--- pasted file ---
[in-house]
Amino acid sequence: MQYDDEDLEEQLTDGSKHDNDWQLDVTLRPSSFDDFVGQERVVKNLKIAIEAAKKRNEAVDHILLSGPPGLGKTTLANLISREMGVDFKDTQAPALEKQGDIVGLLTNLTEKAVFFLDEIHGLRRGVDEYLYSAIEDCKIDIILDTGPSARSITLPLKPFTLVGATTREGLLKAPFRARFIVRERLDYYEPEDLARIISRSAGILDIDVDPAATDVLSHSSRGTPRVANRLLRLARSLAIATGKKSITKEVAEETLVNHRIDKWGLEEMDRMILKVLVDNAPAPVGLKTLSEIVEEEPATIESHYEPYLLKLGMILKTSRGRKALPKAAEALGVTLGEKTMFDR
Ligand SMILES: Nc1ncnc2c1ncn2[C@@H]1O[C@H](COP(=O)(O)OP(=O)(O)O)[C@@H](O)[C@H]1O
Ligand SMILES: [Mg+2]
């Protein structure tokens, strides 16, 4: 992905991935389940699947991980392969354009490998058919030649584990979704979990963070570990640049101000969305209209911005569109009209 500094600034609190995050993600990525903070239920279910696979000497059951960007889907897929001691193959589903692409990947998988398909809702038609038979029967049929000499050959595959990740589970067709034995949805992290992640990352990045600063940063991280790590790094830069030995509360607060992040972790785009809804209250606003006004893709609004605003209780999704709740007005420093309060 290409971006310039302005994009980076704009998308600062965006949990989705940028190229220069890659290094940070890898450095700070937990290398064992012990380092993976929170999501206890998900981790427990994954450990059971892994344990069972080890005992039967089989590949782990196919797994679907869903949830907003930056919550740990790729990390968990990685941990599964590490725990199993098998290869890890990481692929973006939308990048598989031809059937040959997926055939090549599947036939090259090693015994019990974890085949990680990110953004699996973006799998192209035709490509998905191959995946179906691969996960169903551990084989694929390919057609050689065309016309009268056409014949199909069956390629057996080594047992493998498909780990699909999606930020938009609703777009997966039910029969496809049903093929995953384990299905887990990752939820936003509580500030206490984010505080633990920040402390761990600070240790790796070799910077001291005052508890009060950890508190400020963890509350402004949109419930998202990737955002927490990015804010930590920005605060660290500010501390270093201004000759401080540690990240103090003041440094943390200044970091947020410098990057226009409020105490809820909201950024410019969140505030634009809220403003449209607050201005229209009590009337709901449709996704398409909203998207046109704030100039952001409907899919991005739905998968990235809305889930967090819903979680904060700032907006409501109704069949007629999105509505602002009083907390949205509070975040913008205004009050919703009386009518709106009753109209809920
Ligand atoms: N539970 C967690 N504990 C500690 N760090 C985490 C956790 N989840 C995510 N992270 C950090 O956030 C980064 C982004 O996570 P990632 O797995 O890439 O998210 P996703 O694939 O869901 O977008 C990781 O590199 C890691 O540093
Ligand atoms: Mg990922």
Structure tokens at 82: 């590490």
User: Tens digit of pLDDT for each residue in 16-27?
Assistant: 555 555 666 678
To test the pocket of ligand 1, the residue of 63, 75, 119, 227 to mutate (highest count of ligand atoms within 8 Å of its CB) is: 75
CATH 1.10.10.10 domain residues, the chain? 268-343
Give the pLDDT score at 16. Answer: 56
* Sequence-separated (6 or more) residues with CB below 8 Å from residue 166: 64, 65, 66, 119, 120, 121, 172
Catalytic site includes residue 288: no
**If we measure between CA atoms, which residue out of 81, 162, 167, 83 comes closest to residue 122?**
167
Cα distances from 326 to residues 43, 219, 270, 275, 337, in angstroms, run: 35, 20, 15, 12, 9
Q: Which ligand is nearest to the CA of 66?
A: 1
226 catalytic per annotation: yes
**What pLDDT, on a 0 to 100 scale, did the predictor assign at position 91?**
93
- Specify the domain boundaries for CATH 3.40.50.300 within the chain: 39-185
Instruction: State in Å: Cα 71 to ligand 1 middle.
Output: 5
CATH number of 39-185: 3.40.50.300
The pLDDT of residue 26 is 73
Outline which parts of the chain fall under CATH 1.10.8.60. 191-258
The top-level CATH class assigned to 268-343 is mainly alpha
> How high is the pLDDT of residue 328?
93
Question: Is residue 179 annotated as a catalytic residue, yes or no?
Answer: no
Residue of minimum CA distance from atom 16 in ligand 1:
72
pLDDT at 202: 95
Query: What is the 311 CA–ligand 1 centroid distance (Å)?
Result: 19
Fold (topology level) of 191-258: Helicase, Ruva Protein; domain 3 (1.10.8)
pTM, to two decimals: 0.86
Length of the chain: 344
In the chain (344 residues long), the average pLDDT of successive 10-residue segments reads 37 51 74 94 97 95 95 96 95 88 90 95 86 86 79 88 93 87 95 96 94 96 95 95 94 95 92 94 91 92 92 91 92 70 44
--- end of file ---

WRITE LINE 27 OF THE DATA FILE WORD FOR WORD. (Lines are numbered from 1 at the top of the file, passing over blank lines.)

CATH number of 39-185: 3.40.50.300